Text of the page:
of the Day | Ignoring Al Gore's Inaccuracy,
Nastiness | No Snarling Partisan Negativity in Chicago?
| Where Are Welfare Questions from the Right | Labor's
Political Intolerance, Mob Ties Surface on TV | Sidebites
these guys coming [Jesse Jackson and Mario Cuomo], it was kind of like
your young love coming back and oh, I remember when I was, you know, young
and in love with this guy who was totally unacceptable, and I did the
right thing by marrying the right guy -- but gee, he was kinda cute."
-- ABC's Cokie
Roberts discussing Tuesday night speeches, August 28 Good Morning America.
The networks delivered praise for
Al Gore's speech last night, ignoring his factual inaccuracies and failing
to note how he had boasted of growing tobacco as recently as 1988, four
years after the death of his sister from lung cancer. After Gore's talk,
in which he explained that his sister's death motivated his anti-tobacco
views, the networks did talk to tobacco-state delegates. NBC's David Bloom
spoke to a Tennessee delegate who "does not agree with this
demonization of this industry."
"Well, Dan, in a word it was
a barnburner," gushed Bob Schieffer on CBS last night. Though Gore
said Republicans wish to allow "more poison in our air and drinking
water," Schieffer didn't find him nasty: "This was an
old-fashioned poli- tical speech, the kind of speech that politicians used
to give before politics turned so nasty with all those commercials on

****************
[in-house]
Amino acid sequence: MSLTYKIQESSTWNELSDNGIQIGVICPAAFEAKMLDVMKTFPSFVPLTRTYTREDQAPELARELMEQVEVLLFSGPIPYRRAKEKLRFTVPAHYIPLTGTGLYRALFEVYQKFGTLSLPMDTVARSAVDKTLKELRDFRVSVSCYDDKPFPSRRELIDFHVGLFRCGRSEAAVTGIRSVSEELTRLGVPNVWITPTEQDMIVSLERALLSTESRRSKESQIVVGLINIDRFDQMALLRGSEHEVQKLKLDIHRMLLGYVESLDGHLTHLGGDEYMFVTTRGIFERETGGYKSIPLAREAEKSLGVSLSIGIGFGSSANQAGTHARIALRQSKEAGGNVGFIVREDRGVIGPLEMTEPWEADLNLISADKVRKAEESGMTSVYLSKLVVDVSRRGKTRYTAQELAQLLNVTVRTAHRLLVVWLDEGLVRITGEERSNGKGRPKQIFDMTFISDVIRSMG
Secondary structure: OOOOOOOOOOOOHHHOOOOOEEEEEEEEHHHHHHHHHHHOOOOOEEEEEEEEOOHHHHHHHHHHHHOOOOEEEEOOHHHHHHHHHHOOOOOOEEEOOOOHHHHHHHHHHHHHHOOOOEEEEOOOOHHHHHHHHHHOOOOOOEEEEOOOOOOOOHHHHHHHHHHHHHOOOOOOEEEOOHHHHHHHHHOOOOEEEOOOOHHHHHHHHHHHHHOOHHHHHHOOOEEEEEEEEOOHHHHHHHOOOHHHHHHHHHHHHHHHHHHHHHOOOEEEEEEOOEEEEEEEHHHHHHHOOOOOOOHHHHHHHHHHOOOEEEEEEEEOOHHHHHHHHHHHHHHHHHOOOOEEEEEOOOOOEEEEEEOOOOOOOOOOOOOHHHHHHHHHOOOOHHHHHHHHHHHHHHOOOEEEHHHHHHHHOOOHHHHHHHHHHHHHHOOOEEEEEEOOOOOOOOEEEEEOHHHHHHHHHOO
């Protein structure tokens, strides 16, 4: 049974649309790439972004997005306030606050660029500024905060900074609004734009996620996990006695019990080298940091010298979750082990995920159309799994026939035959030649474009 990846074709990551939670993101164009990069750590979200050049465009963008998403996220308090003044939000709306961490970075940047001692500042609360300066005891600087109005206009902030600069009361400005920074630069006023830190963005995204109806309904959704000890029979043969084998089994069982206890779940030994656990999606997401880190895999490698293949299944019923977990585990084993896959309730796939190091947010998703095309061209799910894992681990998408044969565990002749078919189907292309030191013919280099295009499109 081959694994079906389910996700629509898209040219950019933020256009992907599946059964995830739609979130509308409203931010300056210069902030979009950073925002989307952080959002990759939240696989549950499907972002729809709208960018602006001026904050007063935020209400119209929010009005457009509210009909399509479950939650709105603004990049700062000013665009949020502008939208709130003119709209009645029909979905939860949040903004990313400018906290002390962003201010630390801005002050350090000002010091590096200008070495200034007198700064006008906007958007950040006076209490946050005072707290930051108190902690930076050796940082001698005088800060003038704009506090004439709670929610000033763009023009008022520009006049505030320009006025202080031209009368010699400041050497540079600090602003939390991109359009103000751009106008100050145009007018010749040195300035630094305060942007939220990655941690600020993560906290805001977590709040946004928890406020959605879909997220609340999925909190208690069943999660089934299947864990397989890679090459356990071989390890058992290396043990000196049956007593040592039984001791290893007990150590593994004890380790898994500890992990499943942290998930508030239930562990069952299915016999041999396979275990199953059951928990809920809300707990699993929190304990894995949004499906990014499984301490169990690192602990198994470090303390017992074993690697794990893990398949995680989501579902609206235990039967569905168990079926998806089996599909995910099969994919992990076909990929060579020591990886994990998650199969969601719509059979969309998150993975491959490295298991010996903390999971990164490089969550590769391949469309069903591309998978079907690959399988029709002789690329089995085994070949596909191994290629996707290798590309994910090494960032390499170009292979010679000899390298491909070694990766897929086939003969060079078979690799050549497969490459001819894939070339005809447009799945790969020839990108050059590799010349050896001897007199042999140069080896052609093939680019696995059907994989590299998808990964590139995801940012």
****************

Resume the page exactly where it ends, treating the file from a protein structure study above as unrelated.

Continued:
television." Though Peter Jennings noted the "attack dog"
role of a VP, no one mentioned how Gore falsely accused the GOP of
"cutting" Medicare, of wanting it to "wither on the
vine," or his claim of 100,000 new cops on the street. Last Sunday
Scripps-Howard pegged the number at 12,000.
The New York Times reported July
3 that in 1988, Al Gore told an audience of tobacco farmers:
"Throughout most of my life, I raised tobacco. I want you to know
that with my own hands, all of my life, I put it in the plant beds and
transferred it. I've hoed it. I've dug in it. I've sprayed it, I've
chopped it, I've shredded it, spiked it, put it in the barn and stripped
it and sold it." No network mentioned this boast, but ABC, NBC and
CNN did suggest hypocrisy. Jennings noted that "tobacco companies are
here in Chicago wining and dining the hierarchy of the Democratic
Party." NBC's Tom Brokaw recalled that "the Gore family were
tobacco farmers." On CNN, Judy Woodruff suggested that Gore "was
responding to what was said in San Diego," where his tobacco roots
-- Clinton's week of new spending
promises hasn't generated a flurry of questions about how his plans will
be paid for, but Dole's tax cut plan led to concern in San Diego about its
impact on the deficit. One exception: Early in prime time last night CNN's
Charles Bierbauer reviewed Clinton's spending plans and noted
"Republicans say that is the road back to big government."
-- In stark contrast to San
Diego, the networks failed to describe Tuesday speeches as harsh or mean
attacks. The morning shows didn't raise the idea in interviews with
-- The power of unions within the
Democratic Party finally gets highlighted as ABC's World News Tonight and
CNN in prime time examine their role. See page 3. But for CBS the problem
isn't union influence moving the party left, but how President Clinton is
too conservative for the rank and file.
Wednesday marked Day Two of
ignoring negativity from the podium in Chicago:
-- On ABC's World News Tonight,